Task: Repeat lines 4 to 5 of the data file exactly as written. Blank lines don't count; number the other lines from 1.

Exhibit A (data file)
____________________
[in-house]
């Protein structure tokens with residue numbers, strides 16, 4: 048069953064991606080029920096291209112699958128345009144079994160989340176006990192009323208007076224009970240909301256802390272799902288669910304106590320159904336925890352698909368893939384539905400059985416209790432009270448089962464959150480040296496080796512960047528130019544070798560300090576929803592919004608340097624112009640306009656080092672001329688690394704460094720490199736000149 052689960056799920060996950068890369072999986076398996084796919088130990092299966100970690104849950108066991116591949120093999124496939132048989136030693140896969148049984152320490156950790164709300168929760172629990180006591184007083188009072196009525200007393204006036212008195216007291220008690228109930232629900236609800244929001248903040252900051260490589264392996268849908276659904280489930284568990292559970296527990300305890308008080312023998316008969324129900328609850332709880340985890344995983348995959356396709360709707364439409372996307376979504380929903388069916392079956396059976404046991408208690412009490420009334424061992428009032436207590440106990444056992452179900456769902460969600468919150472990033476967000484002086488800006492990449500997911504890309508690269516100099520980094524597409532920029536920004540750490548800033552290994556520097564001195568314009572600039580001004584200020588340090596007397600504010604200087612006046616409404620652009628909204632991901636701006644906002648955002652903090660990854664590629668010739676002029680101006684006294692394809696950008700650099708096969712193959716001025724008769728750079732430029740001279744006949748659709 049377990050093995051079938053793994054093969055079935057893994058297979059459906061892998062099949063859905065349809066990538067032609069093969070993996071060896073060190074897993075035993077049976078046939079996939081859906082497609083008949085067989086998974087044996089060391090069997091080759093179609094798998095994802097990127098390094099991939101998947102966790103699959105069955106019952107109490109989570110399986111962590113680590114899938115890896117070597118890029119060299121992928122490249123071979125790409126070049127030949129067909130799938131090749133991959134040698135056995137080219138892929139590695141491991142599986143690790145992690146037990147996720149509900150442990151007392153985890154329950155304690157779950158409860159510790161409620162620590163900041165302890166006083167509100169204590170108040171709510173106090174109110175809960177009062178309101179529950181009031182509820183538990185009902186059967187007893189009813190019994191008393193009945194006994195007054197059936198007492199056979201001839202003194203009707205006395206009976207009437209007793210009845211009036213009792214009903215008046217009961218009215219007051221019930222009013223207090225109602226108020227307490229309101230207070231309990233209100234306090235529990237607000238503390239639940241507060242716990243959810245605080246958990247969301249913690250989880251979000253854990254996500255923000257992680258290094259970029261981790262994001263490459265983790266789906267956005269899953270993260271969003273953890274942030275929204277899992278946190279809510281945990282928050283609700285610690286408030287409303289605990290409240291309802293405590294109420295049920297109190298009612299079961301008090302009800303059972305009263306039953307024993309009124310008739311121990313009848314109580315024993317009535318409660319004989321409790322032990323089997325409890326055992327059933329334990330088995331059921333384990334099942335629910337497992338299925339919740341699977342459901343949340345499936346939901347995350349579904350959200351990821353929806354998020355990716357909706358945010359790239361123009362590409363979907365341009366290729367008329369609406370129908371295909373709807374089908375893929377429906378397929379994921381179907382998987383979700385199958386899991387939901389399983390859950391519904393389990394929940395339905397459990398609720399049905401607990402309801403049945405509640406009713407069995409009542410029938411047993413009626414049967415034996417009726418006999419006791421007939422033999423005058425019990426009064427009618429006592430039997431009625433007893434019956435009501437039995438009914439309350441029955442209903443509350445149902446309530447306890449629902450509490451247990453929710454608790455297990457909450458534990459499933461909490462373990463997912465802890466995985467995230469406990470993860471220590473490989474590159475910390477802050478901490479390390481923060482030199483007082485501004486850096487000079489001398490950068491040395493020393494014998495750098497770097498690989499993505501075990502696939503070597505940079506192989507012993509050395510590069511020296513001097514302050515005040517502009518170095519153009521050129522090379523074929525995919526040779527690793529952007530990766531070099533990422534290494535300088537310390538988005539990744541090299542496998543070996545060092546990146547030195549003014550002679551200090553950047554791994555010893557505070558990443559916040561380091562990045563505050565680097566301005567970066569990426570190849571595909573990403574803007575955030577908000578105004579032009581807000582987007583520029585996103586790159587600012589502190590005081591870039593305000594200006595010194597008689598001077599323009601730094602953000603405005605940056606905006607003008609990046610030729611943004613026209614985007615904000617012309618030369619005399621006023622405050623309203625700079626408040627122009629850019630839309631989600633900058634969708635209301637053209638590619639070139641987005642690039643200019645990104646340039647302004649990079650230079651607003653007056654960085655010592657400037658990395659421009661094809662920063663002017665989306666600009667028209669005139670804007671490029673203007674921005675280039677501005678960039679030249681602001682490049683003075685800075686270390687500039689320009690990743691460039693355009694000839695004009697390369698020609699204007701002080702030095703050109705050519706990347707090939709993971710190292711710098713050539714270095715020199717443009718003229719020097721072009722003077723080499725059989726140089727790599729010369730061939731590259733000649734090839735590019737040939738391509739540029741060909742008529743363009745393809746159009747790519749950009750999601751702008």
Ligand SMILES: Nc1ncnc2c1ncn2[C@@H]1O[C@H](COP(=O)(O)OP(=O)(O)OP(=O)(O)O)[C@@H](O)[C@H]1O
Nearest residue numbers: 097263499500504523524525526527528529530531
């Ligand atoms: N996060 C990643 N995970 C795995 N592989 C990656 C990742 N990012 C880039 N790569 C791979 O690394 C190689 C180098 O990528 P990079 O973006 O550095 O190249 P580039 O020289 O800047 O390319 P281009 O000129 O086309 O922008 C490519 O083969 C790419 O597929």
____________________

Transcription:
Nearest residue numbers: 097263499500504523524525526527528529530531
């Ligand atoms: N996060 C990643 N995970 C795995 N592989 C990656 C990742 N990012 C880039 N790569 C791979 O690394 C190689 C180098 O990528 P990079 O973006 O550095 O190249 P580039 O020289 O800047 O390319 P281009 O000129 O086309 O922008 C490519 O083969 C790419 O597929």